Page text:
Leaving Tracks:
From Drawing Traces to Choreography

In Short

In this workshop, we want to investigate how you relate to the material and how you relate to the other. Alone and together. By moving and drawing you leave traces. Together we will investigate the human dimension. We make the same movements and yet different tracks are created, every individual is different.
We start gently but finish BIG. Resulting in performance and one large track.

By Natascha Vink and Audrey Helwes 


  • In a dance studio.
  • The floor is covered with paper (120 grams) 7×7 meters.
  • Newspaper 7×4 meters hangs on the wall.
  • The seams of the paper are taped with painter’s tape and the paper is hung with gaffa tape. The paper can still move from the wall.
  • The paper on the floor is fixed with painter’s tape without overlap, to make sure the seams are hardly noticeable.
  • Each participant is given white disposable painting overalls. Size XL. The rest of the room is stripped of anything that could distract attention. There is no unnecessary furniture and the walls are covered with curtains for good acoustics. The lights are on.


  • 5 min: setting the stage
  • 10 min: warming up and investigating the space
  • 15 min: exploring the material and the boundaries of your own body and the body of the other.
  • 20 min: making a choreography.
  • 10 min: time to look back and reflect.

Participants: 6 – 8; it must be an even number


  • The workshop is structured in phases:
  • 5 min: The first phase is getting ready to enter the dance hall. We get to know each other and take off our shoes and put on overalls. Everyone looks the same.
  • 10 min: The second stage is warming up the body. Through simple exercises, we become aware of our body and we start exploring space and the way we move. There is no right or wrong. Everybody moves in a different way. After a while, we will meet and see the other participants. We even give them a hand. Then we gently touch each other. At first just a finger or a hand. We follow each other’s movements, like a mirror image. (see picture)
  • 15: min: The next stage is to explore the chalk and paper. Where is the limit in your body? What kinds of shapes emerge from this? Feel the paper with your eyes closed and experience the resistance of the chalk. Different positions can be explored. Big movements and small movements. Lying on the floor, standing, squatting, or on your knees.
  • Repeated once or many times. We work in silence. Then, in pairs, we will make a trace together. One person leads the other by taking their hand and moving it. Who determines the movement? Perhaps the eyes can be closed in order to find surrender. When everything has been explored and investigated, we stop and look at our tracks together. What do we see? And what did we experience?
  • 20 min: The final stage is the creation of a choreography. Everyone chooses a line from the tracks and we take turns making a movement of the chosen line. Everyone learns the movement from the other by performing it as a group, one movement after another it becomes a choreography.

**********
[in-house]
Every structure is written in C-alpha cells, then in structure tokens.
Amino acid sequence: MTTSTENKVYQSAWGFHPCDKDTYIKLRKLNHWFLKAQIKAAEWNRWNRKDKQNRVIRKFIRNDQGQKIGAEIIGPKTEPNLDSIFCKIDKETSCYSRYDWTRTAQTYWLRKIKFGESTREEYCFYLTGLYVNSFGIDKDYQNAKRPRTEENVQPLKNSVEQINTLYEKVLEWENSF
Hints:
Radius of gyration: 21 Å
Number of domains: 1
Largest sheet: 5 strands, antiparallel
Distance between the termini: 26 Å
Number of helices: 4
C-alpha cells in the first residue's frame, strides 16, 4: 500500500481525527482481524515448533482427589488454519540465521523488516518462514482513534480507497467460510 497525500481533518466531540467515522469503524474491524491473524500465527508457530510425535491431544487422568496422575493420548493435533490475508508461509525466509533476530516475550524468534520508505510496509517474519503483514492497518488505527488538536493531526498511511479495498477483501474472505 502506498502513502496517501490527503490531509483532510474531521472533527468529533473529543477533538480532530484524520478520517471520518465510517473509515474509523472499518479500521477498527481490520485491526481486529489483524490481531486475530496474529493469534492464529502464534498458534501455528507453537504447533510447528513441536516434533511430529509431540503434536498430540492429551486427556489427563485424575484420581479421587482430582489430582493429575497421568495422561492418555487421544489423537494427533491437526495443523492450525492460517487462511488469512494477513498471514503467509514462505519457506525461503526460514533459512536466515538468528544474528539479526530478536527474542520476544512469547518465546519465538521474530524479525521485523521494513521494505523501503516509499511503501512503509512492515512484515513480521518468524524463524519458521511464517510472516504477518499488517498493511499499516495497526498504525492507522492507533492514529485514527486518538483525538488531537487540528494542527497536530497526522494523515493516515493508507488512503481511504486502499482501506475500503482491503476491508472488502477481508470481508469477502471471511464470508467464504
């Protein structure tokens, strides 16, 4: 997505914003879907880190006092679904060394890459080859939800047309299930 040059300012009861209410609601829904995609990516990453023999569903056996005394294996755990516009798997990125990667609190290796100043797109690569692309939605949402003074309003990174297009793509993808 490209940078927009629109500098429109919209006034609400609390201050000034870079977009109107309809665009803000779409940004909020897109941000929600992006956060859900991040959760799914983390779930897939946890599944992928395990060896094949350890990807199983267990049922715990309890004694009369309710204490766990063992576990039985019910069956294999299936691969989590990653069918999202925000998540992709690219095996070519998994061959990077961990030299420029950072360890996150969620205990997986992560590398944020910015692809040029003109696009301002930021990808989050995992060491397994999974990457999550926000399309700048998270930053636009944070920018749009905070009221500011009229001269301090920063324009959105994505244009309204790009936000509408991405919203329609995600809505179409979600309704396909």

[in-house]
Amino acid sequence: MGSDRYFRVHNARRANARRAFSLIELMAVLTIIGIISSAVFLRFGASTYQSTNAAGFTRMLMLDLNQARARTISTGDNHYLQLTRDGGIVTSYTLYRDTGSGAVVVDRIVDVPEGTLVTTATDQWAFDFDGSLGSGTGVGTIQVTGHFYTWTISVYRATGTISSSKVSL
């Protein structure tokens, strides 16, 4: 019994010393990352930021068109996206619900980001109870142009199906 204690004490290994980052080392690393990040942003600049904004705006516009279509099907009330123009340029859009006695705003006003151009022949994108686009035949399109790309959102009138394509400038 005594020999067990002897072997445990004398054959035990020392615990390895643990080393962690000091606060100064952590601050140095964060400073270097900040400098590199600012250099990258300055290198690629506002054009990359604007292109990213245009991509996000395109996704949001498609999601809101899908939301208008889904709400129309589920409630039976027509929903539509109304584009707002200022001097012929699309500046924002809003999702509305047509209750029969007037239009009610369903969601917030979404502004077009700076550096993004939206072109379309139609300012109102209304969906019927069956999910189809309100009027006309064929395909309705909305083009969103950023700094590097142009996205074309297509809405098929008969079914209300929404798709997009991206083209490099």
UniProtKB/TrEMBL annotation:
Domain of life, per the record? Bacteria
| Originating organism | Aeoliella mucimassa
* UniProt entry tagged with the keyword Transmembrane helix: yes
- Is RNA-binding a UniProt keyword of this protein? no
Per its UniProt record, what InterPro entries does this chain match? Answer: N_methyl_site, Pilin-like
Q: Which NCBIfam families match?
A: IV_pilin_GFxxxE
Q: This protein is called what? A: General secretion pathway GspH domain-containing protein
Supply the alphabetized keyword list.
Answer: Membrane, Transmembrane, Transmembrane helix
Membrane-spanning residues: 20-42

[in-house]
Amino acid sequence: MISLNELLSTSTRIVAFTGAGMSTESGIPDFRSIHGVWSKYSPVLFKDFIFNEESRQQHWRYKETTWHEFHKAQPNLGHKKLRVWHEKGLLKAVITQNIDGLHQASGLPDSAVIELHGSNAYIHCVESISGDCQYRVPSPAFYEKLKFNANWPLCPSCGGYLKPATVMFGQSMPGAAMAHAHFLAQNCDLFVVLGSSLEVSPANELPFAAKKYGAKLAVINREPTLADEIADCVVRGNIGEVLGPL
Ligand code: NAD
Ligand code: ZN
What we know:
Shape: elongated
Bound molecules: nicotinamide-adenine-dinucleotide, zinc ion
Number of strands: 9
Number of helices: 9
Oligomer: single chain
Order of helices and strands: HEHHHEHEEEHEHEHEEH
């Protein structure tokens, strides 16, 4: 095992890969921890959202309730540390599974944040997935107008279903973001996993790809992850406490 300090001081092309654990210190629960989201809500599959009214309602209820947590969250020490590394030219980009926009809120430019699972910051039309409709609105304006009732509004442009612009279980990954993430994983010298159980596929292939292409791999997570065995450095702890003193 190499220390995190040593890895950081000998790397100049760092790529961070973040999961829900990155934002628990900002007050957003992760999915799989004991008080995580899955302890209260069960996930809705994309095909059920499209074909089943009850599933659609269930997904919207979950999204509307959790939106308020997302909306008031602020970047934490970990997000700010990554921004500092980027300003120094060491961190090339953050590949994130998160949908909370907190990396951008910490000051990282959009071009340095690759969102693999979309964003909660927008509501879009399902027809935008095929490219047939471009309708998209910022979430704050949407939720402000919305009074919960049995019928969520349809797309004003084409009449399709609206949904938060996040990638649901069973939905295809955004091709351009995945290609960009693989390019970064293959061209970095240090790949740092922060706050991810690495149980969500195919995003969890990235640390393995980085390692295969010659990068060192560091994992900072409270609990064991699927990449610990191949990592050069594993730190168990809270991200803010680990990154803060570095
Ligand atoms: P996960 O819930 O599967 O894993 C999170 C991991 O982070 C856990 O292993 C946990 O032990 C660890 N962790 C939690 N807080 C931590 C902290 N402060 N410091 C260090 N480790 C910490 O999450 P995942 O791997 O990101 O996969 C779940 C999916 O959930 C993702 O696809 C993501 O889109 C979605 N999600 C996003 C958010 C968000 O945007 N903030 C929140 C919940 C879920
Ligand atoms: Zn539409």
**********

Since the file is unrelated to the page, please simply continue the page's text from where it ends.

• 10 min: reflection


We start from the idea that everyone makes and can make tracks and everyone can move. We try to make the participants aware of their own bodies. By focusing on feeling and experiencing, we try to get the participants into a flow. We also hope that everyone dares to come close to each other and open up.

Based on our own experience

  • We did not use music, because we noticed that participants could concentrate better without music and became more aware of their own body and the material.
  • The coveralls worked well. Everyone is equal regardless of what kind of body you have.
  • Participants liked working with their eyes open or closed as they saw fit.
  • Working with closed eyes caused hyper concentration and focus on the sound of the chalk on the paper.

Variations and further development
Further variations could be: drawing with body parts and making a choreography with elderly people who can only sit. The choreography can be further developed by varying the tempo and rhythm. The use of space can be deepened against each other, but also against the drawing. We could also move the choreography to the floor as well and make more use of working in pairs. And more attention should be given to breathing.

Connection to PIMDI
Our bodies take part in our contact. How do we make traces and how do we relate to each other and to our traces? The relationship with PIMDI lies in the fact that the body always participates in communication. Consciously or unconsciously. In the workshop, we want to give the feeling of the body as a place in the dialogue with each other, the material and the traces.

An illustration of the set-up with participants in action.
An illustration of the set-up with participants in action.